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The new car ran at the German manufacturer’s Weissach test track within the development complex at which its motorsport headquarters are based with Frenchman Frederic Makowiecki at the wheel on Friday.
The Porsche hybrid is understood to have completed multiple laps in what was a delayed roll-out for a car that will bring the marque back to the pinnacle of sportscar racing for the first time since 2017.
New Porsche motorsport boss Thomas Laudenbach re-iterated an intent to have the car up and running before the end of 2022 in his first interviews after taking over the role in September.
The first LMDh to hit the track had been due to undertake its shakedown at the beginning of December and then at the end of the month, but those plans had to be delayed as a result of the late arrival of parts.
Porsche factory driver Makowiecki, who had a reserve role on the 919 Hybrid P1 programme, said in a series of Twitter posts from the manufacturer: “It was a very positive roll-out: we could do some laps and discovered that the car is working as expected.
“Now we have a good starting point to go forward. My first thought went to all the people who worked so many months to get the Porsche LMDh car on the ground.
“It is very emotional moment to be allowed to represent them.“
Laudenbach described the test as “a very important step in the development process our our new WEC/IMSA contender for 2023”.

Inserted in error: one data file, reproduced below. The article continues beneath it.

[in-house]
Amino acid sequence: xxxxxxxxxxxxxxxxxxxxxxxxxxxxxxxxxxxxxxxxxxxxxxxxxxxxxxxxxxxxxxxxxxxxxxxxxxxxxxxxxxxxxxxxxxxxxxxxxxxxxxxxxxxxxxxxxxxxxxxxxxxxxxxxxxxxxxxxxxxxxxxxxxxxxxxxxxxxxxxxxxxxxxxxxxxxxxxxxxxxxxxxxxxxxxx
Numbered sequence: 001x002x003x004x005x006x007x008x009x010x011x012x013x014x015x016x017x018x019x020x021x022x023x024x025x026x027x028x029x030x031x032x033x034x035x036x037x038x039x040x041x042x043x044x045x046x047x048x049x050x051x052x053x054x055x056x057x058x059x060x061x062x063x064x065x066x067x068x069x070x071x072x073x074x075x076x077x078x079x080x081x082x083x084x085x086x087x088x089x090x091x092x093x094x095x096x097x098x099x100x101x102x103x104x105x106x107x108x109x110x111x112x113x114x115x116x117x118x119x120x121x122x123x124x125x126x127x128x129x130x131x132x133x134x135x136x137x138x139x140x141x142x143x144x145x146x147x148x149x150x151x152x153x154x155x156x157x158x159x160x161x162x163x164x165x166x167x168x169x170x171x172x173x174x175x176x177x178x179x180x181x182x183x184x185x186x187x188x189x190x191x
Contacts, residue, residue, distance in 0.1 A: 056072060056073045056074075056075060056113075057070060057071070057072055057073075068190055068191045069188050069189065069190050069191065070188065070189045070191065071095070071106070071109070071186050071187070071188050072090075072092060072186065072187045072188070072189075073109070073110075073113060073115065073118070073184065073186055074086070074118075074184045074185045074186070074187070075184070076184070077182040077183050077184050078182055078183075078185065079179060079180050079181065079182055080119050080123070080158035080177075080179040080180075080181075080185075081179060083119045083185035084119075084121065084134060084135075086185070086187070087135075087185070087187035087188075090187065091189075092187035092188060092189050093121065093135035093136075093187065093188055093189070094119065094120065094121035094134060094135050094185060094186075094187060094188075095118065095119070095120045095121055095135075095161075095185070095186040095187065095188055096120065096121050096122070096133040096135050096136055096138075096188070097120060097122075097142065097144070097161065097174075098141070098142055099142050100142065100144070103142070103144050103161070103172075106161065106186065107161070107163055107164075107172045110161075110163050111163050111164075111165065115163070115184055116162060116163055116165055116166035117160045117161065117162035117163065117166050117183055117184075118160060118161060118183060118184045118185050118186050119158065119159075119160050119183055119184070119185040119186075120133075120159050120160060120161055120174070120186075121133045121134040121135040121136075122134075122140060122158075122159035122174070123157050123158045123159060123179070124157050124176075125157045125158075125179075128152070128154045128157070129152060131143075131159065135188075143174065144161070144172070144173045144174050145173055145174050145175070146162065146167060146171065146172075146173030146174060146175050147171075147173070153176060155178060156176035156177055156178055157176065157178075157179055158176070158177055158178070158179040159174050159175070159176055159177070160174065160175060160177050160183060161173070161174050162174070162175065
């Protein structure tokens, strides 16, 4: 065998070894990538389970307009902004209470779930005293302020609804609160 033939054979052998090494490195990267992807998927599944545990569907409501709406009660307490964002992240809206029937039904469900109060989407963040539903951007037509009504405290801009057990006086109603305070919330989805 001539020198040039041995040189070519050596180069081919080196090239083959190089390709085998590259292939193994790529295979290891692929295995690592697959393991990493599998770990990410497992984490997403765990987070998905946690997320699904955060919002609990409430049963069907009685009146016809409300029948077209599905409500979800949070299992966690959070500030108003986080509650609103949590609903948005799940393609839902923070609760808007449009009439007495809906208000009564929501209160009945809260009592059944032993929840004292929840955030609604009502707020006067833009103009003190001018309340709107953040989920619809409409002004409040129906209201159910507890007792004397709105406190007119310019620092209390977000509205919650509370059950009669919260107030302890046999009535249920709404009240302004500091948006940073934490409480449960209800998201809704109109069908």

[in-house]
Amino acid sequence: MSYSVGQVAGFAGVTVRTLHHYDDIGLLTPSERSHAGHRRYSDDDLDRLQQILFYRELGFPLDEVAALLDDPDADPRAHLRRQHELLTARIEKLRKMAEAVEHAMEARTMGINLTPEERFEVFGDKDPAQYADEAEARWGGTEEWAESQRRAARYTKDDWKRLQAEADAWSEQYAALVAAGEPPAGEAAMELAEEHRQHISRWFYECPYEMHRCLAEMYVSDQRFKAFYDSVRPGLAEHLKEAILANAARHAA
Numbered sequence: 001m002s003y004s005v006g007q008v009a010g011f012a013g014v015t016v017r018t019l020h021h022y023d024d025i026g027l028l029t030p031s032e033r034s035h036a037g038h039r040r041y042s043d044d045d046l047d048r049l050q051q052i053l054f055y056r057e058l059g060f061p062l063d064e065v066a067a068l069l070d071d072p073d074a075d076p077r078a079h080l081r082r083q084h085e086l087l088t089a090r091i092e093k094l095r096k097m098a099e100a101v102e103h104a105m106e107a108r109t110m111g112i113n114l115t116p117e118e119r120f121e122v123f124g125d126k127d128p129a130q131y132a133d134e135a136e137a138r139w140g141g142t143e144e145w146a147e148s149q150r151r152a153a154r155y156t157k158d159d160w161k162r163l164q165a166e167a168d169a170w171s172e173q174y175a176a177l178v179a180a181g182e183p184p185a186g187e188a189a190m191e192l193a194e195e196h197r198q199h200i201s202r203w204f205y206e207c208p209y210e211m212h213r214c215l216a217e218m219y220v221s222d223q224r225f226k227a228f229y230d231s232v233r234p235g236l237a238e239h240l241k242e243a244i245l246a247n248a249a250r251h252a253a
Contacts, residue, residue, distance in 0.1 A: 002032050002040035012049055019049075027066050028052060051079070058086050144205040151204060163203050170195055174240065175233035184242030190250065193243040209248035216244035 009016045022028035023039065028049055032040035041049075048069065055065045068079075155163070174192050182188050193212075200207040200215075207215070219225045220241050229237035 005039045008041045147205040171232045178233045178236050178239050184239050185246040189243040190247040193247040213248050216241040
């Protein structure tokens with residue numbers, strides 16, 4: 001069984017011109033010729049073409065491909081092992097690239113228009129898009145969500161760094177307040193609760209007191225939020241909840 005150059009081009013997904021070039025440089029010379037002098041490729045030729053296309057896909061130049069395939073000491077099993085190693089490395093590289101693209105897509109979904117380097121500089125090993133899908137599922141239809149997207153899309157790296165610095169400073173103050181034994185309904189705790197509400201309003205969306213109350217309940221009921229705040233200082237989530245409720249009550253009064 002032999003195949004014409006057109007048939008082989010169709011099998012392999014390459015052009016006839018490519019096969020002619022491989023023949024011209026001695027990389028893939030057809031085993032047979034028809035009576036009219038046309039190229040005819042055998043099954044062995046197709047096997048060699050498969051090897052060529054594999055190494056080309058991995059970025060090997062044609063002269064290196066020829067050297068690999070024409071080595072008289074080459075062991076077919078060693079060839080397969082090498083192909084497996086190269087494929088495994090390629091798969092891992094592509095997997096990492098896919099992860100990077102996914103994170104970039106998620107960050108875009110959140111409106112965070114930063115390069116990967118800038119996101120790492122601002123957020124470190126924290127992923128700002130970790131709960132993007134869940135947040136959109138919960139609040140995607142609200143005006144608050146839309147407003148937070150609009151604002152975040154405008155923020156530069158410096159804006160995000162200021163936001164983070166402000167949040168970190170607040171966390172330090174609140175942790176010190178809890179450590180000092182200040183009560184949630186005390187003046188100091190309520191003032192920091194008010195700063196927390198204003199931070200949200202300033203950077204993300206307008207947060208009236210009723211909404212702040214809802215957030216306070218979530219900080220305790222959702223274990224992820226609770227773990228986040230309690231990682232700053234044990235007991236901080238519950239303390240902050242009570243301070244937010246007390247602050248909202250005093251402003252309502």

Porsche LMDh prototype
Photo by: Porsche
The Porsche LMDh based on the next-generation LMP2 car developed by the Canadian Multimatic Motorsport organisation looks set to undertake further tests at Weissach over the next week to 10 days.
Testing will then move to a proper race circuit of undisclosed location before the end of January.
Development will be led by Felipe Nasr and Dane Cameron, who were announced as Porsche drivers in December and will be part of the line-up in the factory team run by Team Penske in both the WEC and IMSA in 2023.
It is known that plans to undertake some of the early testing in the USA have been abandoned and that initial development with the new car will be exclusively in Europe.
More technical details of the car that shares it structure and running gear with sister marque Audi’s LMDh are likely to be announced when it takes to a proper circuit.
The configuration of the engine that will power the new Porsche and Audi has yet to be revealed.
A name for the car is likely to come later in the year.